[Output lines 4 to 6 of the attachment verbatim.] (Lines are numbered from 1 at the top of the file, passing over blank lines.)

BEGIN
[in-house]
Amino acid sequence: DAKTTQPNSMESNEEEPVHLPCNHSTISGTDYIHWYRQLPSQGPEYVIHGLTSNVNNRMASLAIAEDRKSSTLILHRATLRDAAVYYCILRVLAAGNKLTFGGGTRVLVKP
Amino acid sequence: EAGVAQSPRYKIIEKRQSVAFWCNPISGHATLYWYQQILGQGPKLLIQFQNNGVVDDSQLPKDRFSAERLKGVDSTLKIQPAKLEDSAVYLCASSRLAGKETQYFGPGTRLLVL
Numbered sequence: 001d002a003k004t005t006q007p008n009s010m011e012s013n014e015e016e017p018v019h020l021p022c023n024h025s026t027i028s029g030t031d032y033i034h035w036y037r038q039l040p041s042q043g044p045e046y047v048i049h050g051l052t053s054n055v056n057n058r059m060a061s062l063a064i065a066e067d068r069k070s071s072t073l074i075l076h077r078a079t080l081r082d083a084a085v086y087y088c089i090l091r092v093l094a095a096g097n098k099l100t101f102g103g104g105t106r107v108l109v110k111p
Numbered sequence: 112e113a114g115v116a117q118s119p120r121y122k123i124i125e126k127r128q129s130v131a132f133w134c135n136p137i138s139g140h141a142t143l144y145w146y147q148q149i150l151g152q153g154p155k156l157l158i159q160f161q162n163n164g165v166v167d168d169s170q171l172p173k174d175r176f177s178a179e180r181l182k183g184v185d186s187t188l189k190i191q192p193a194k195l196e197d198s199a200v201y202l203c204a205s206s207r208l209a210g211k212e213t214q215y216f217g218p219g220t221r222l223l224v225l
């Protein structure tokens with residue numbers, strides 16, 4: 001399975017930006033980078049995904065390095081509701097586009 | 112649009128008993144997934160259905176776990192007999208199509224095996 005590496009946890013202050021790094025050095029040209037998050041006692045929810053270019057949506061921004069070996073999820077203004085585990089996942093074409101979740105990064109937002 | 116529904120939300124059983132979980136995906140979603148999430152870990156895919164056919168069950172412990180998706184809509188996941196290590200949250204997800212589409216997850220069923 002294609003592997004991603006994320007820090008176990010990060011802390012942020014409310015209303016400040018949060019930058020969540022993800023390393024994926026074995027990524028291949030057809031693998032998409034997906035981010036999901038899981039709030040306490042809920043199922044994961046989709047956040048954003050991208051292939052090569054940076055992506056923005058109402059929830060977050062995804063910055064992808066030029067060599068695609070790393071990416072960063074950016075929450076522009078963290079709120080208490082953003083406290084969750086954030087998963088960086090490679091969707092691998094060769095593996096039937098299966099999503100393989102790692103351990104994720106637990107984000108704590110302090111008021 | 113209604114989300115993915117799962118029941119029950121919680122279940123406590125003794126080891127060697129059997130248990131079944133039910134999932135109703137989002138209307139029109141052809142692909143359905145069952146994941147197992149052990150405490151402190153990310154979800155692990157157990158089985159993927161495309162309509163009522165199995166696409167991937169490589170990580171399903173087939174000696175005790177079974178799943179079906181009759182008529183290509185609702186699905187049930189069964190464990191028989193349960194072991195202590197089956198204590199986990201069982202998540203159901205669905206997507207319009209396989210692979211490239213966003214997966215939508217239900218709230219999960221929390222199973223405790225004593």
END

Numbered sequence: 001d002a003k004t005t006q007p008n009s010m011e012s013n014e015e016e017p018v019h020l021p022c023n024h025s026t027i028s029g030t031d032y033i034h035w036y037r038q039l040p041s042q043g044p045e046y047v048i049h050g051l052t053s054n055v056n057n058r059m060a061s062l063a064i065a066e067d068r069k070s071s072t073l074i075l076h077r078a079t080l081r082d083a084a085v086y087y088c089i090l091r092v093l094a095a096g097n098k099l100t101f102g103g104g105t106r107v108l109v110k111p
Numbered sequence: 112e113a114g115v116a117q118s119p120r121y122k123i124i125e126k127r128q129s130v131a132f133w134c135n136p137i138s139g140h141a142t143l144y145w146y147q148q149i150l151g152q153g154p155k156l157l158i159q160f161q162n163n164g165v166v167d168d169s170q171l172p173k174d175r176f177s178a179e180r181l182k183g184v185d186s187t188l189k190i191q192p193a194k195l196e197d198s199a200v201y202l203c204a205s206s207r208l209a210g211k212e213t214q215y216f217g218p219g220t221r222l223l224v225l
């Protein structure tokens with residue numbers, strides 16, 4: 001399975017930006033980078049995904065390095081509701097586009 | 112649009128008993144997934160259905176776990192007999208199509224095996 005590496009946890013202050021790094025050095029040209037998050041006692045929810053270019057949506061921004069070996073999820077203004085585990089996942093074409101979740105990064109937002 | 116529904120939300124059983132979980136995906140979603148999430152870990156895919164056919168069950172412990180998706184809509188996941196290590200949250204997800212589409216997850220069923 002294609003592997004991603006994320007820090008176990010990060011802390012942020014409310015209303016400040018949060019930058020969540022993800023390393024994926026074995027990524028291949030057809031693998032998409034997906035981010036999901038899981039709030040306490042809920043199922044994961046989709047956040048954003050991208051292939052090569054940076055992506056923005058109402059929830060977050062995804063910055064992808066030029067060599068695609070790393071990416072960063074950016075929450076522009078963290079709120080208490082953003083406290084969750086954030087998963088960086090490679091969707092691998094060769095593996096039937098299966099999503100393989102790692103351990104994720106637990107984000108704590110302090111008021 | 113209604114989300115993915117799962118029941119029950121919680122279940123406590125003794126080891127060697129059997130248990131079944133039910134999932135109703137989002138209307139029109141052809142692909143359905145069952146994941147197992149052990150405490151402190153990310154979800155692990157157990158089985159993927161495309162309509163009522165199995166696409167991937169490589170990580171399903173087939174000696175005790177079974178799943179079906181009759182008529183290509185609702186699905187049930189069964190464990191028989193349960194072991195202590197089956198204590199986990201069982202998540203159901205669905206997507207319009209396989210692979211490239213966003214997966215939508217239900218709230219999960221929390222199973223405790225004593």